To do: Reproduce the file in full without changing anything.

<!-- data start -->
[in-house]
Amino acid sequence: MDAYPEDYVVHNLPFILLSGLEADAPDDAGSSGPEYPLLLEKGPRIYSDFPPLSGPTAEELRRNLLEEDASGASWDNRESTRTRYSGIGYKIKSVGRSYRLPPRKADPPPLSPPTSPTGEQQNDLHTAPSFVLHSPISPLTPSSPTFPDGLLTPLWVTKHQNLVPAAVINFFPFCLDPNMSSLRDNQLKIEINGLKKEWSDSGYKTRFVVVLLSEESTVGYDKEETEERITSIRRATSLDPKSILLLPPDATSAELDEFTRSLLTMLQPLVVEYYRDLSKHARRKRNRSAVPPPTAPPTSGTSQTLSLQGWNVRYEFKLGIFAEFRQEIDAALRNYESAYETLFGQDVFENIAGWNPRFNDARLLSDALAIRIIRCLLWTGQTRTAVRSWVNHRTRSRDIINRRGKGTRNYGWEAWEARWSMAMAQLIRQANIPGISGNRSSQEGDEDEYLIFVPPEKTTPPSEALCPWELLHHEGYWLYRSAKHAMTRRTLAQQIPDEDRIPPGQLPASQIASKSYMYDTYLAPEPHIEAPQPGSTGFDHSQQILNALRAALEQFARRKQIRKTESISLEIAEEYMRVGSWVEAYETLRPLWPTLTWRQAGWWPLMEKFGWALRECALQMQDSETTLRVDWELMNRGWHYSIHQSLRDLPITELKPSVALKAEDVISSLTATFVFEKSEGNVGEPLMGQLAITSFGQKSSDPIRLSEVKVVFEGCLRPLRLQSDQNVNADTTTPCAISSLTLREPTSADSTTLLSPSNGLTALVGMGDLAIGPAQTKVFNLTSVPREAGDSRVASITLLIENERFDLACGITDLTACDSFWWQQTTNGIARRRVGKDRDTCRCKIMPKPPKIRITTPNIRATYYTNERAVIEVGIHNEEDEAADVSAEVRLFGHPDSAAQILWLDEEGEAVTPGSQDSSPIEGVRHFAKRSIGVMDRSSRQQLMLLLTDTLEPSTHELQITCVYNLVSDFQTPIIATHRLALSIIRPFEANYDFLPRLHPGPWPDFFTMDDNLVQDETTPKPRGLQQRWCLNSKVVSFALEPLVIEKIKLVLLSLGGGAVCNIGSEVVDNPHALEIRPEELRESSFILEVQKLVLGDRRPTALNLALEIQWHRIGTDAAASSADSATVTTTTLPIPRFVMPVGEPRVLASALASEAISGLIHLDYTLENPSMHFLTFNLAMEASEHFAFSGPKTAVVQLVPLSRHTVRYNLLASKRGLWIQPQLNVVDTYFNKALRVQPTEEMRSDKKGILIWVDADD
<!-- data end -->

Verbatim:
[in-house]
Amino acid sequence: MDAYPEDYVVHNLPFILLSGLEADAPDDAGSSGPEYPLLLEKGPRIYSDFPPLSGPTAEELRRNLLEEDASGASWDNRESTRTRYSGIGYKIKSVGRSYRLPPRKADPPPLSPPTSPTGEQQNDLHTAPSFVLHSPISPLTPSSPTFPDGLLTPLWVTKHQNLVPAAVINFFPFCLDPNMSSLRDNQLKIEINGLKKEWSDSGYKTRFVVVLLSEESTVGYDKEETEERITSIRRATSLDPKSILLLPPDATSAELDEFTRSLLTMLQPLVVEYYRDLSKHARRKRNRSAVPPPTAPPTSGTSQTLSLQGWNVRYEFKLGIFAEFRQEIDAALRNYESAYETLFGQDVFENIAGWNPRFNDARLLSDALAIRIIRCLLWTGQTRTAVRSWVNHRTRSRDIINRRGKGTRNYGWEAWEARWSMAMAQLIRQANIPGISGNRSSQEGDEDEYLIFVPPEKTTPPSEALCPWELLHHEGYWLYRSAKHAMTRRTLAQQIPDEDRIPPGQLPASQIASKSYMYDTYLAPEPHIEAPQPGSTGFDHSQQILNALRAALEQFARRKQIRKTESISLEIAEEYMRVGSWVEAYETLRPLWPTLTWRQAGWWPLMEKFGWALRECALQMQDSETTLRVDWELMNRGWHYSIHQSLRDLPITELKPSVALKAEDVISSLTATFVFEKSEGNVGEPLMGQLAITSFGQKSSDPIRLSEVKVVFEGCLRPLRLQSDQNVNADTTTPCAISSLTLREPTSADSTTLLSPSNGLTALVGMGDLAIGPAQTKVFNLTSVPREAGDSRVASITLLIENERFDLACGITDLTACDSFWWQQTTNGIARRRVGKDRDTCRCKIMPKPPKIRITTPNIRATYYTNERAVIEVGIHNEEDEAADVSAEVRLFGHPDSAAQILWLDEEGEAVTPGSQDSSPIEGVRHFAKRSIGVMDRSSRQQLMLLLTDTLEPSTHELQITCVYNLVSDFQTPIIATHRLALSIIRPFEANYDFLPRLHPGPWPDFFTMDDNLVQDETTPKPRGLQQRWCLNSKVVSFALEPLVIEKIKLVLLSLGGGAVCNIGSEVVDNPHALEIRPEELRESSFILEVQKLVLGDRRPTALNLALEIQWHRIGTDAAASSADSATVTTTTLPIPRFVMPVGEPRVLASALASEAISGLIHLDYTLENPSMHFLTFNLAMEASEHFAFSGPKTAVVQLVPLSRHTVRYNLLASKRGLWIQPQLNVVDTYFNKALRVQPTEEMRSDKKGILIWVDADD